A couple weeks ago I was able to attend a workshop by Dr. Carina Joly presented to the local music teachers association.  In addition to receiving a DMA from the University of Oklahoma, Dr. Joly also spent time studying music physiology in Switzerland.  At the workshop I attended she shared ideas about preventing injury in our own playing and in our students’ playing.

In my undergraduate studies I had two colleagues who dealt with unmanageable pain issues related to playing that have caused them to quit playing completely, so the importance of learning to prevent injury really hits home with me.  Dr. Joly argued that teachers must be educated in how to prevent injury because it is our responsibility to prevent injuries in our students.  I know…you’re probably thinking “one more thing I have to be responsible for as a piano teacher…I already have to make sure my students can sight-read, improvise, perform musically, know the theory behind the music, and have a deep love of music, how can I think about preventing injury too?”  But, if we don’t do it, who will?  Can you imagine the heartbreak of changing your life plans and career goals because playing the piano causes so much physical pain?  We must become more aware of how our students use their bodies at the piano to do as much as we can to prevent this.


One great resource for pianists is the book What Every Pianist Needs to Know about the Body by Thomas Mark. Although I wouldn’t suggest you give this to your students to read (unless you teach at the collegiate level), I would suggest you read it yourself and take what you can from it to apply to your students.  One of my favorite quotes from this book is “saying that we play the piano with our fingers is like saying that we run with our feet.”  I love to use this in my RMM classes when we stretch at the beginning of class to explain why stretching out and relaxing our bodies is important to play the piano.  The bulk of this book focuses on body mapping – becoming aware of the physical characteristics of our body and how they relate to playing the piano.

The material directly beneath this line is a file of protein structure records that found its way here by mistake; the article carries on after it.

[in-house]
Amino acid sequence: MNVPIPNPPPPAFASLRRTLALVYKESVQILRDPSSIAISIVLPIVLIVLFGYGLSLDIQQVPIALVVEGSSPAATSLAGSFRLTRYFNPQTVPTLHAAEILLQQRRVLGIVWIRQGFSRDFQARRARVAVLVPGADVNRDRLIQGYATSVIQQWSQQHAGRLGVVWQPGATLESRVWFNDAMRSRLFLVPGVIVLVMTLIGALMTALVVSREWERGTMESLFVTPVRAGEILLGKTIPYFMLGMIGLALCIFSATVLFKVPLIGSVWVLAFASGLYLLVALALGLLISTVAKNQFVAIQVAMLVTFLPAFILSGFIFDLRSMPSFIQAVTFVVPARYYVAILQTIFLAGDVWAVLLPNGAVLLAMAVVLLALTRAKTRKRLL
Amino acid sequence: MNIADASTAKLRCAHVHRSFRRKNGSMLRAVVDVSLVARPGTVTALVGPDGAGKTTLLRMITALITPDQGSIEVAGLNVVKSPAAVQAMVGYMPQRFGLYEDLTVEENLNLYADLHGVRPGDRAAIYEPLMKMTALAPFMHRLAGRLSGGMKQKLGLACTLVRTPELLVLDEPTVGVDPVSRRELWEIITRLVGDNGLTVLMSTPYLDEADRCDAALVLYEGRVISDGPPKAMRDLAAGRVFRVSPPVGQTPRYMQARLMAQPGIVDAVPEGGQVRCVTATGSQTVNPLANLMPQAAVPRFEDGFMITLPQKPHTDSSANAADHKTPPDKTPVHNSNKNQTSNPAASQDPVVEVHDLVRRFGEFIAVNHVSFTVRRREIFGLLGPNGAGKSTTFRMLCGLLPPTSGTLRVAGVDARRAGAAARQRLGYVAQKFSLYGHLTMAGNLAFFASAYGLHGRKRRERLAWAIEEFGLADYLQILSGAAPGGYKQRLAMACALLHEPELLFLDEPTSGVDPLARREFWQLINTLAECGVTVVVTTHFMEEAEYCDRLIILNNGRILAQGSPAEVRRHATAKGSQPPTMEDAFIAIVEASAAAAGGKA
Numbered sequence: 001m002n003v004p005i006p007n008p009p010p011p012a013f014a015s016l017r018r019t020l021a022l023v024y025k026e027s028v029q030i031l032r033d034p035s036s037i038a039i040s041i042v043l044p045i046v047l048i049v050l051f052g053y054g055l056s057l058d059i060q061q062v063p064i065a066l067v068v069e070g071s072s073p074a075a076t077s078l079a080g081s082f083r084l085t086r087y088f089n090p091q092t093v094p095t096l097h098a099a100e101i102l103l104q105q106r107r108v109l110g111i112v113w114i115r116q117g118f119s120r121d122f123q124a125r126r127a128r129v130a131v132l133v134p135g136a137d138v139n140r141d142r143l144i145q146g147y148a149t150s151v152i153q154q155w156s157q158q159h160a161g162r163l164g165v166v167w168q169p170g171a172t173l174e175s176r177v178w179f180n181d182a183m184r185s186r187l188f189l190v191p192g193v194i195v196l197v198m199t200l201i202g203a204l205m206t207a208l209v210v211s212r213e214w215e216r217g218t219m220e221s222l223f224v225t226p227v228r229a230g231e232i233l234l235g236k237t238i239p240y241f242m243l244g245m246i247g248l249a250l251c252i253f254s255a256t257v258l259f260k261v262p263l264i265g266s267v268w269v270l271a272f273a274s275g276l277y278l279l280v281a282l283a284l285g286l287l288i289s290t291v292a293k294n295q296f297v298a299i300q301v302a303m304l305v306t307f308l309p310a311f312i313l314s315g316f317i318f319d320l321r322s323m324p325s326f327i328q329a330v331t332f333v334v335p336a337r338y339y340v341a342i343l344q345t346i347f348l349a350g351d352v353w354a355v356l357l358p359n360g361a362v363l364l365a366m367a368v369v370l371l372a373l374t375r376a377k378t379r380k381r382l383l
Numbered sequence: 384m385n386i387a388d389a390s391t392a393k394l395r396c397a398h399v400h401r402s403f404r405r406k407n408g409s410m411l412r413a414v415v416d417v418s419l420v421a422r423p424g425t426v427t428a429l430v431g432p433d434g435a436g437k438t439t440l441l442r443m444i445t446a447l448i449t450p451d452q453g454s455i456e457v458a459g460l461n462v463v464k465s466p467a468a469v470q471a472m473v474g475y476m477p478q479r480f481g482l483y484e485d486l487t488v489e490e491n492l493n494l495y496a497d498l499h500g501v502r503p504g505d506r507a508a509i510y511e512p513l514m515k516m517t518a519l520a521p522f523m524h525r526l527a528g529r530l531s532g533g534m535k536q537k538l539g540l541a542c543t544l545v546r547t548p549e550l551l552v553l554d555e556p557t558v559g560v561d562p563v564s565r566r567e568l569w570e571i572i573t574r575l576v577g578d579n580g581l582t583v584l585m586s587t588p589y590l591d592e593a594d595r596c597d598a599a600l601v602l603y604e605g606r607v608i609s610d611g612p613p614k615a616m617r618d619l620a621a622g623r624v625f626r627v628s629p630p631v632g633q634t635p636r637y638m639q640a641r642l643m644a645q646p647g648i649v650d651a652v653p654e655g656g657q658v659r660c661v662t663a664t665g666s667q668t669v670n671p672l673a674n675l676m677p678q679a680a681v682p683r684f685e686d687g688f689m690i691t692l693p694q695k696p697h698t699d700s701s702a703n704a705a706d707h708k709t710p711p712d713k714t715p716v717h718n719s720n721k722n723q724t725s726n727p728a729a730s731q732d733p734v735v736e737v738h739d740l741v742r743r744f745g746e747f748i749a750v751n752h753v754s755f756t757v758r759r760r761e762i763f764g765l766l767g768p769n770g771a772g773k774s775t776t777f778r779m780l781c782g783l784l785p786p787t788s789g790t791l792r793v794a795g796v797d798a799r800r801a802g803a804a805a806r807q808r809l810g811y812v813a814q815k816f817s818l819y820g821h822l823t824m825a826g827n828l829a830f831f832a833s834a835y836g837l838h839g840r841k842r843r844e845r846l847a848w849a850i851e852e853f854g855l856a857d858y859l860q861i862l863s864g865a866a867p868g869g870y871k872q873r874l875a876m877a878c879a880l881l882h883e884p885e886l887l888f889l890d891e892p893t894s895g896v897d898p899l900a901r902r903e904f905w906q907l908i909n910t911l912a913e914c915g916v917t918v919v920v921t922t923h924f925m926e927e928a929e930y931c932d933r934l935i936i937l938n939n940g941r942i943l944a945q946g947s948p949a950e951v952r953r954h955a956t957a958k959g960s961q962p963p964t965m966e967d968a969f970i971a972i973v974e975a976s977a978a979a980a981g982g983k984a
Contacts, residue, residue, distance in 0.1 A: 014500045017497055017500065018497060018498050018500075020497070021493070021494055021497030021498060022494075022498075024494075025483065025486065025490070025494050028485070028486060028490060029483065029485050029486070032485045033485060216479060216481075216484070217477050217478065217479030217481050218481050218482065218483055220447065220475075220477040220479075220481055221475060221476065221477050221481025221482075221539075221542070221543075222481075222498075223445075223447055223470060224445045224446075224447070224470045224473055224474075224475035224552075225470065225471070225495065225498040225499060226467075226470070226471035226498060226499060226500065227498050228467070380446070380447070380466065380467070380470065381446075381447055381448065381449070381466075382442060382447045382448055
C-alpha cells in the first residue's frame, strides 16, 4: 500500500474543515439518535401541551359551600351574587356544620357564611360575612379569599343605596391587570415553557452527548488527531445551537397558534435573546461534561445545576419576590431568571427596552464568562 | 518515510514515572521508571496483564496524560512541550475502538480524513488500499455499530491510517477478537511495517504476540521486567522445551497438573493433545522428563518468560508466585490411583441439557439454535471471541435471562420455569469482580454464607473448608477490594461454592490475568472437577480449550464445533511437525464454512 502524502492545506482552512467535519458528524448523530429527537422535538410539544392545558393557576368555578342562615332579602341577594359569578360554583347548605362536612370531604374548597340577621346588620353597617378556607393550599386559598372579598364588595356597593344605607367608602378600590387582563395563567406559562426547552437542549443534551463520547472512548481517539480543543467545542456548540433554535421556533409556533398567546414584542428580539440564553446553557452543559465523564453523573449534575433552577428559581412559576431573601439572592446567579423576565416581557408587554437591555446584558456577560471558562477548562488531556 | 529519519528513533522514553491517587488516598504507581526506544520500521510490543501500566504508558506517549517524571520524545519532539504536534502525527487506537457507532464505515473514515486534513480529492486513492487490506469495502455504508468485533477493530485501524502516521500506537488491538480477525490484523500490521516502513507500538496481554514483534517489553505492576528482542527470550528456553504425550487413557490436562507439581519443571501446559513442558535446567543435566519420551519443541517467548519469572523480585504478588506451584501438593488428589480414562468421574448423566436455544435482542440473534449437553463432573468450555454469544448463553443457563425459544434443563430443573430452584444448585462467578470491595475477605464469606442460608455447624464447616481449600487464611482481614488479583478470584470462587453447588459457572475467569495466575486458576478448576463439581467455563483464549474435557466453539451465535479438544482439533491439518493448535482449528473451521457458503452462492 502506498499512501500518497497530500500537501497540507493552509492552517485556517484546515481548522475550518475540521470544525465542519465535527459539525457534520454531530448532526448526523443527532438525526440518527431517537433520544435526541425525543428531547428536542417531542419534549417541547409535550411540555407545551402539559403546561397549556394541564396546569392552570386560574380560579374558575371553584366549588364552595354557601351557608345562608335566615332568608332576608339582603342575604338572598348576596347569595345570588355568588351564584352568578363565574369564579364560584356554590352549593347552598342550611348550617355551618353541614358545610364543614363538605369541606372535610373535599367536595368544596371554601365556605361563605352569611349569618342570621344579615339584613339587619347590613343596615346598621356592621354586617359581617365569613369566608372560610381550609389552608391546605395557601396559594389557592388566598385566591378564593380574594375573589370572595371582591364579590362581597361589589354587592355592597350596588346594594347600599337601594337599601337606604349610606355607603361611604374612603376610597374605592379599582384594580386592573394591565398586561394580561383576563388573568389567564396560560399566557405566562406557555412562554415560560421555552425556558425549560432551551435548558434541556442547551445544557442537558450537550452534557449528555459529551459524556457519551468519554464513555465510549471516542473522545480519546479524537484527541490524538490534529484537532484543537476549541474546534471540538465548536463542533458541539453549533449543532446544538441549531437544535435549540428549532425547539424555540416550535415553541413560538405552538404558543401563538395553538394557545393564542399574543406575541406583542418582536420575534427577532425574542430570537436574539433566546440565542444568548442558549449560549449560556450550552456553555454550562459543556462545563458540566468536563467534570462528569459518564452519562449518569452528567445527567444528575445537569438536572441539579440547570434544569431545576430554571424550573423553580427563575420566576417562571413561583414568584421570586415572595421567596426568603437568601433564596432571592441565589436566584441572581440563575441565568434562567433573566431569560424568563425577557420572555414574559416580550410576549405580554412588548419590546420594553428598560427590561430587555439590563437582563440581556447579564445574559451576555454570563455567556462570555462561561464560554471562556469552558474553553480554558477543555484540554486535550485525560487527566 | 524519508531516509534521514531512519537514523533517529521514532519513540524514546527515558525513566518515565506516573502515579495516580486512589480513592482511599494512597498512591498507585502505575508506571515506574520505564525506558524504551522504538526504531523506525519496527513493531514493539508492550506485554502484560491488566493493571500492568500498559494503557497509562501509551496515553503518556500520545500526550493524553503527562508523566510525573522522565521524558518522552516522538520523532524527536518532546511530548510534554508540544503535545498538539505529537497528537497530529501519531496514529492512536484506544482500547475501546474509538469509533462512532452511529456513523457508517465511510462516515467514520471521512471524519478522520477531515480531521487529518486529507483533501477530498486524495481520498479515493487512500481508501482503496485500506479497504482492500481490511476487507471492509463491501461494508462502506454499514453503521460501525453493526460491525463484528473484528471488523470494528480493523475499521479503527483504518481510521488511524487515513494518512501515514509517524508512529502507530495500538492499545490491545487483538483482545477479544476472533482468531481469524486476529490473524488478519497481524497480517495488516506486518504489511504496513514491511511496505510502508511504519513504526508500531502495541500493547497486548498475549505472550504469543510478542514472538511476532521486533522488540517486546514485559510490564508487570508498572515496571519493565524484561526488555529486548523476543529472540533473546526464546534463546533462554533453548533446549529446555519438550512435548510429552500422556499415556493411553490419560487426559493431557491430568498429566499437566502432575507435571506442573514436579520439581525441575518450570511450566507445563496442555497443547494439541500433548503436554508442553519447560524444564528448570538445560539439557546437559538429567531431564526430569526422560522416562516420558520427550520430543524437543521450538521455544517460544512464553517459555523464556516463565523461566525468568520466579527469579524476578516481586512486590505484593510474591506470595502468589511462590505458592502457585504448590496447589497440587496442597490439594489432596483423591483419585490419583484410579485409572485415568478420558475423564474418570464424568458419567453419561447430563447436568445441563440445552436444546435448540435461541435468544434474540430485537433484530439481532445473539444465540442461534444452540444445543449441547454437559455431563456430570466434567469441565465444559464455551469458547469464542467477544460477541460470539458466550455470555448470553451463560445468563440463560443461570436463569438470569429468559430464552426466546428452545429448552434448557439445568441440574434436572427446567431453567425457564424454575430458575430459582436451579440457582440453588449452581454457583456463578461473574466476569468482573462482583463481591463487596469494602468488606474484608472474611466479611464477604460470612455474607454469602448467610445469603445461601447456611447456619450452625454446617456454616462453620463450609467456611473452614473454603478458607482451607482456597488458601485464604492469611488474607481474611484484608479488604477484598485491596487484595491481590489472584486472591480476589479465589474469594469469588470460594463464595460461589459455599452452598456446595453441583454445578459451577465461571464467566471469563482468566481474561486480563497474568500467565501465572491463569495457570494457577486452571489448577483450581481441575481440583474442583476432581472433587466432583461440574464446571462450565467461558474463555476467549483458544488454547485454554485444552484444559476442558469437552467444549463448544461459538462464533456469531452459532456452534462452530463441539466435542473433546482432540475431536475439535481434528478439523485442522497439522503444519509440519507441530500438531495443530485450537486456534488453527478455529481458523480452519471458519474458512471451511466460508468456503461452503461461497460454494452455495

Another book I spotted at a recent convention is The Musician’s Way:  A Guide to Practice, Performance, and Wellness by Gerald Klickstein.  I haven’t yet read this book myself, but it seems to have less focus on physical anatomy than Mark’s book, and more of a focus on overall musicianship.  It’s on my list of books I want to add to my library, so maybe I can tell you more about it in the future.

Do you have a book or other resource you reference for promoting wellness in your students?  I love to hear about them!

Author: Spring

Spring Seals, NCTM, teaches 60 piano students ranging from age 3 to 70 in Fort Worth, Texas. She also serves as the Director of Certification for TMTA. She is passionate about helping teachers become more effective in their studios through professional development, new resources, and fresh ideas.

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